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National Transportation Noise Map

National Transportation Noise Map

City planners, elected officials, scholars and residents for the first time ever this month gained access to comprehensive aircraft and road noise inventory data that will help them design infrastructure, create policy and conduct research.

The data are presented on the National Transportation Noise Map, a project from the U.S. Department of Transportation’s Bureau of Transportation Statistics (BTS). Interested groups and individuals can access the map to view both national and county-level data about potential exposure to aviation and Interstate highway noise.

The National Transportation Noise Map will be an addition to the National Transportation Atlas Database (NTAD), a set of nationwide geographic databases of transportation facilities, networks and associated infrastructure available from the BTS Geospatial Data Catalog BTS Geospatial Data Catalog. The layers will be updated on an annual basis and future versions may include additional transportation noise sources, such as rail and maritime. Data layers are available for download.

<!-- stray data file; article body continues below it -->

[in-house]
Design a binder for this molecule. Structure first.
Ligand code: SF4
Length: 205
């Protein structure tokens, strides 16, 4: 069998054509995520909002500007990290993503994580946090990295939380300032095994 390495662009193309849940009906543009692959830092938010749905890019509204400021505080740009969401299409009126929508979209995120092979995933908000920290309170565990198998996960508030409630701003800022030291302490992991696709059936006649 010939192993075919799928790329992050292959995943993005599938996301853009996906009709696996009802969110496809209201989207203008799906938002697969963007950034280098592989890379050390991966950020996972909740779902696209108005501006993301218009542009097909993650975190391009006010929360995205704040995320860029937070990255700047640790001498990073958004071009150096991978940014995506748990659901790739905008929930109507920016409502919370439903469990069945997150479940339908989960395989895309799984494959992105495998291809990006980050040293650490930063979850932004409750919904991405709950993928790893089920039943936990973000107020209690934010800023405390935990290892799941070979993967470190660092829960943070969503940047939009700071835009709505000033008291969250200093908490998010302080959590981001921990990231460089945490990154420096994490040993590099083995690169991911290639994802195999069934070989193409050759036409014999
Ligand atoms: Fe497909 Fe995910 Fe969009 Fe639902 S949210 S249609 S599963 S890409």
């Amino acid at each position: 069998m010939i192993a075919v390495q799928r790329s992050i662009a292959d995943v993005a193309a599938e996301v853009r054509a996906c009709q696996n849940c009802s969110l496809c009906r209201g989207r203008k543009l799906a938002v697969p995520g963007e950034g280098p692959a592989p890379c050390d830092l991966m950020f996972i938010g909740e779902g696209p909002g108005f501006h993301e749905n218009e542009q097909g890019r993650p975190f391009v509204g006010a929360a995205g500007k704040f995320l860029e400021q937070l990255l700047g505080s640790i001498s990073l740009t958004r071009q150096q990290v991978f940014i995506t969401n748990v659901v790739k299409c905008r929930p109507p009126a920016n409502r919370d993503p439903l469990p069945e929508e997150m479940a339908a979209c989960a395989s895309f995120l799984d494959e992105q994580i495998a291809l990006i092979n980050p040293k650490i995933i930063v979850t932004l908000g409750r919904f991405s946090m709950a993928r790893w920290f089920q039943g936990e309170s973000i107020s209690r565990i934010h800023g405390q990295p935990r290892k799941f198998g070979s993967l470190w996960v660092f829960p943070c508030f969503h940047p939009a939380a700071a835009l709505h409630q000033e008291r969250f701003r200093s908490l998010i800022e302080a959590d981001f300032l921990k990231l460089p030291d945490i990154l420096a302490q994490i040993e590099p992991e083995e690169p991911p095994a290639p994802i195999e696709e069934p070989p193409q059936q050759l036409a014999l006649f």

The data show that more than 97 percent of the U.S. population has the potential to be exposed to noise from aviation and Interstate highways at levels below 50 decibels, or roughly comparable to the noise level of a humming refrigerator. Less than one-tenth of a percent of the population could potentially experience noise levels of 80 decibels or more, equivalent to the noise level of a garbage disposal.

Although this noise map provides a new tool, DOT has long been aware that transportation can be a source for noise. The Federal Aviation Administration has set up a process for reporting aviation-related noise concerns. The Federal Highway Administration requires noise abatement  for construction and reconstruction on the Federal-aid highway program.

The National Transportation Noise Map will be an open public resource that can be used to guide city planning, transportation investment, research and even personal and family decisions, all of which have the potential to improve quality of life and safety for U.S. residents.

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